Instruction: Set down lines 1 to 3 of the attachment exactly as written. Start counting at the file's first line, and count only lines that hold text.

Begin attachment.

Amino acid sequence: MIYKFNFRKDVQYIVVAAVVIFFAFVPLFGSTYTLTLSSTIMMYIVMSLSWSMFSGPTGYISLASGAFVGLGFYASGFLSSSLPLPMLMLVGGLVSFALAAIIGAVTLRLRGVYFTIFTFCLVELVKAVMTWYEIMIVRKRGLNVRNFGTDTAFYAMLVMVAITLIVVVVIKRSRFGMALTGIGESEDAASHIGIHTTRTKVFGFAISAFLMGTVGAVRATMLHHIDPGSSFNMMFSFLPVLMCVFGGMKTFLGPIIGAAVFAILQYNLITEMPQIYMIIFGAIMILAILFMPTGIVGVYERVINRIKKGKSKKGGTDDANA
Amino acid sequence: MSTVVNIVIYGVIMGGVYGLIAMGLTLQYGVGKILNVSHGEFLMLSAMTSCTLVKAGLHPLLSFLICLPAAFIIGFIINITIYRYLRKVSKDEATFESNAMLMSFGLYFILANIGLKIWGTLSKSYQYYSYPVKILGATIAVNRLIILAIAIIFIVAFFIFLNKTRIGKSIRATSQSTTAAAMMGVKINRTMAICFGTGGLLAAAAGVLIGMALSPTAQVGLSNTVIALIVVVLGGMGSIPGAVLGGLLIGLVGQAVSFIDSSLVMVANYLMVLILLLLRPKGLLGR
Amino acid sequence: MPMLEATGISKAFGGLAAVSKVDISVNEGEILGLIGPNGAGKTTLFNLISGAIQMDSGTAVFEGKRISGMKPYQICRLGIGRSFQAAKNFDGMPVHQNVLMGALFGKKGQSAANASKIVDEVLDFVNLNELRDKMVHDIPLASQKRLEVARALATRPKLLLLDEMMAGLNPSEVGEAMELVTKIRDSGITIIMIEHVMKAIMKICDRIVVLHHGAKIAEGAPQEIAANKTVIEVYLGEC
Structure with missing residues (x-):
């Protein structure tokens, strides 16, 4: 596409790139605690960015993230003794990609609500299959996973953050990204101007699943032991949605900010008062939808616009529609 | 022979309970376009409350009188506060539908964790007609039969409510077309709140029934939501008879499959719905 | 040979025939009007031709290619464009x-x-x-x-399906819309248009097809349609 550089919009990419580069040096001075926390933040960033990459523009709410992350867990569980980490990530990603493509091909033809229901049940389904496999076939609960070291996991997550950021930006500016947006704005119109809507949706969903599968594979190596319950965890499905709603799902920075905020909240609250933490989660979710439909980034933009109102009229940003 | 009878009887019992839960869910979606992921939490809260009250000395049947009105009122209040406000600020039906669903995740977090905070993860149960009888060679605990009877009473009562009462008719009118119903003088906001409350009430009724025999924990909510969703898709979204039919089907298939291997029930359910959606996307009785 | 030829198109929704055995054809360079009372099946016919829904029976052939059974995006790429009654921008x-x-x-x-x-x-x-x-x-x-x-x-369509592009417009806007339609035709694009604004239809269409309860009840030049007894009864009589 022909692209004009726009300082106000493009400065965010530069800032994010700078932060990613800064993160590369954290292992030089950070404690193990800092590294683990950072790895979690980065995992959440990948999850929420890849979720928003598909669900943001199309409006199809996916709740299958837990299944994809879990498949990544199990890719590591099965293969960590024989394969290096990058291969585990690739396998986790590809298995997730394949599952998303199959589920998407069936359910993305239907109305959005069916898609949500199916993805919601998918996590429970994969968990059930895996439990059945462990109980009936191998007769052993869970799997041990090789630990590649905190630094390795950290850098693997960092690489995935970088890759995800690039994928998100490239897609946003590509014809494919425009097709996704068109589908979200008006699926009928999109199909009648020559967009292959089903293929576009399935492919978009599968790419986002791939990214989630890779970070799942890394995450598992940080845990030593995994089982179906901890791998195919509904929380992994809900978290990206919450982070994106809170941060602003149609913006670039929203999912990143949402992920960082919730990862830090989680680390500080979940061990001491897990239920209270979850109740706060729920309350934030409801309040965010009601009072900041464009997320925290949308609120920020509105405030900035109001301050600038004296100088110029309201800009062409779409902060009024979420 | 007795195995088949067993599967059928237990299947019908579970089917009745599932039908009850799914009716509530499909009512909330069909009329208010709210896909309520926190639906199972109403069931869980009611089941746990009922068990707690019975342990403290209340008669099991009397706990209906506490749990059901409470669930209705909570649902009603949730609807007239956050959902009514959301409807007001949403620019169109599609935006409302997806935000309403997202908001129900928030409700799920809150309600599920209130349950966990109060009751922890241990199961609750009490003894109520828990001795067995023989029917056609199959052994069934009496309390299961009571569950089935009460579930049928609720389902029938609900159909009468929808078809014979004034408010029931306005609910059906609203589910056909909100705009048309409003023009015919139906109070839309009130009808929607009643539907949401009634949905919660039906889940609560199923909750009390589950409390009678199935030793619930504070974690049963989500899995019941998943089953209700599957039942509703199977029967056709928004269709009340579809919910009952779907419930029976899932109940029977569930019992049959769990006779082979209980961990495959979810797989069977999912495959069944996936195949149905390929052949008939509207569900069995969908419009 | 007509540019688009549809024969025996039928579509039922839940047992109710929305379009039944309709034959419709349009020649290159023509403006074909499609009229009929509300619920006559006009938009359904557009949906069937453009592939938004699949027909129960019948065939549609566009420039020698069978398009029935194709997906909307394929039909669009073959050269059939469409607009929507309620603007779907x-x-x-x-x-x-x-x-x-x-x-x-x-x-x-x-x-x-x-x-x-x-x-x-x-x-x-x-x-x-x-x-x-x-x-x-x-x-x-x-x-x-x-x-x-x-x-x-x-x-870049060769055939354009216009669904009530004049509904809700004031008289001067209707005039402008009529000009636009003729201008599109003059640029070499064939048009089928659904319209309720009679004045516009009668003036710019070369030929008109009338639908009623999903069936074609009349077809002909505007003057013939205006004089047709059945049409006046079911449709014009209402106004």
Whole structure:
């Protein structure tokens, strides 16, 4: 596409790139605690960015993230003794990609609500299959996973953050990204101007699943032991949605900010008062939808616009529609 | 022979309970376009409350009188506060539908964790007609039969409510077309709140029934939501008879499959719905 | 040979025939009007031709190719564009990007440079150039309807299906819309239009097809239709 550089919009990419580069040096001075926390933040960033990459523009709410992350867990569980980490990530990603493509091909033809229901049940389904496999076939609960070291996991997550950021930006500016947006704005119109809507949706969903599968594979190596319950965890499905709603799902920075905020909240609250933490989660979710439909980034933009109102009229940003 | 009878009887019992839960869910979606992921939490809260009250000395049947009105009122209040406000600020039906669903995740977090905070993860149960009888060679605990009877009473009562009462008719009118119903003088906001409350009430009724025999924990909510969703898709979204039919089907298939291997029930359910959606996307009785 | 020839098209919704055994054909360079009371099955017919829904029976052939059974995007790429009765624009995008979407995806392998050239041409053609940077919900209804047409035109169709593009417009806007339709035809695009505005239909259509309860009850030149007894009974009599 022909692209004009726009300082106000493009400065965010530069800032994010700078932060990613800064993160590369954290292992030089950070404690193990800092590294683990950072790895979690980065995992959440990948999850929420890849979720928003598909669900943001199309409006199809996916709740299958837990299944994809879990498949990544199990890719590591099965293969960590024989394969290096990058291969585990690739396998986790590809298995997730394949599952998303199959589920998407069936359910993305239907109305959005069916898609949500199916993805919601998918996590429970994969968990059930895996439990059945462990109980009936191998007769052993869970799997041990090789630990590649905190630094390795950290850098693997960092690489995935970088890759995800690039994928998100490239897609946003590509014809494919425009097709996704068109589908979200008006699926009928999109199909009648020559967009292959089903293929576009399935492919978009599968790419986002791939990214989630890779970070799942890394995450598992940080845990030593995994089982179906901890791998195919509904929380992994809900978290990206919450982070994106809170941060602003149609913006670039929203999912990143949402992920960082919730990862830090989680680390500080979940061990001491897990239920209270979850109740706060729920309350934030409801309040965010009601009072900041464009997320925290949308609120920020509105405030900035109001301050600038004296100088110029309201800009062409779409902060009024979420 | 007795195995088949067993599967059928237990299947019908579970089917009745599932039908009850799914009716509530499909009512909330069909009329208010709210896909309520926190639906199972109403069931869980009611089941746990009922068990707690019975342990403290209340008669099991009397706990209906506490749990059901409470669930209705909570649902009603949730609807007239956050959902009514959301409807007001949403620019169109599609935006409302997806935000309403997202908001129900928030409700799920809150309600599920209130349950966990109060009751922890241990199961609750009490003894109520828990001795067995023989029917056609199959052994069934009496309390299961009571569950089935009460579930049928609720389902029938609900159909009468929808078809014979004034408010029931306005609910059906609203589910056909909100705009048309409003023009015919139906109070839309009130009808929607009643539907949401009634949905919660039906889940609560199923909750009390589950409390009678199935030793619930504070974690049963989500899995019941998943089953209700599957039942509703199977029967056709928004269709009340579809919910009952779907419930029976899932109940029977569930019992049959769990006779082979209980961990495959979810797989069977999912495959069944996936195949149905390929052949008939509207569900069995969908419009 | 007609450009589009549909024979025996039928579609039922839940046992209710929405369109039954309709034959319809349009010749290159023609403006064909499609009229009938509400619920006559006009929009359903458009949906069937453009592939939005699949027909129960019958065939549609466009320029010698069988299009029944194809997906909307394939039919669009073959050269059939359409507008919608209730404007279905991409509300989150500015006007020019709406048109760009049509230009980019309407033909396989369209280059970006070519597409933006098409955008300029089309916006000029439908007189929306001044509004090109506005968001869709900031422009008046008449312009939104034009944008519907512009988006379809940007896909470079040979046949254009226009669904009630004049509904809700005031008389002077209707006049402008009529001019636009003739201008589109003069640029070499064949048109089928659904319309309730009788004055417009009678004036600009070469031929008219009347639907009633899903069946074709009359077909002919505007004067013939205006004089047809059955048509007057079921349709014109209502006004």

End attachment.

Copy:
Amino acid sequence: MIYKFNFRKDVQYIVVAAVVIFFAFVPLFGSTYTLTLSSTIMMYIVMSLSWSMFSGPTGYISLASGAFVGLGFYASGFLSSSLPLPMLMLVGGLVSFALAAIIGAVTLRLRGVYFTIFTFCLVELVKAVMTWYEIMIVRKRGLNVRNFGTDTAFYAMLVMVAITLIVVVVIKRSRFGMALTGIGESEDAASHIGIHTTRTKVFGFAISAFLMGTVGAVRATMLHHIDPGSSFNMMFSFLPVLMCVFGGMKTFLGPIIGAAVFAILQYNLITEMPQIYMIIFGAIMILAILFMPTGIVGVYERVINRIKKGKSKKGGTDDANA
Amino acid sequence: MSTVVNIVIYGVIMGGVYGLIAMGLTLQYGVGKILNVSHGEFLMLSAMTSCTLVKAGLHPLLSFLICLPAAFIIGFIINITIYRYLRKVSKDEATFESNAMLMSFGLYFILANIGLKIWGTLSKSYQYYSYPVKILGATIAVNRLIILAIAIIFIVAFFIFLNKTRIGKSIRATSQSTTAAAMMGVKINRTMAICFGTGGLLAAAAGVLIGMALSPTAQVGLSNTVIALIVVVLGGMGSIPGAVLGGLLIGLVGQAVSFIDSSLVMVANYLMVLILLLLRPKGLLGR
Amino acid sequence: MPMLEATGISKAFGGLAAVSKVDISVNEGEILGLIGPNGAGKTTLFNLISGAIQMDSGTAVFEGKRISGMKPYQICRLGIGRSFQAAKNFDGMPVHQNVLMGALFGKKGQSAANASKIVDEVLDFVNLNELRDKMVHDIPLASQKRLEVARALATRPKLLLLDEMMAGLNPSEVGEAMELVTKIRDSGITIIMIEHVMKAIMKICDRIVVLHHGAKIAEGAPQEIAANKTVIEVYLGEC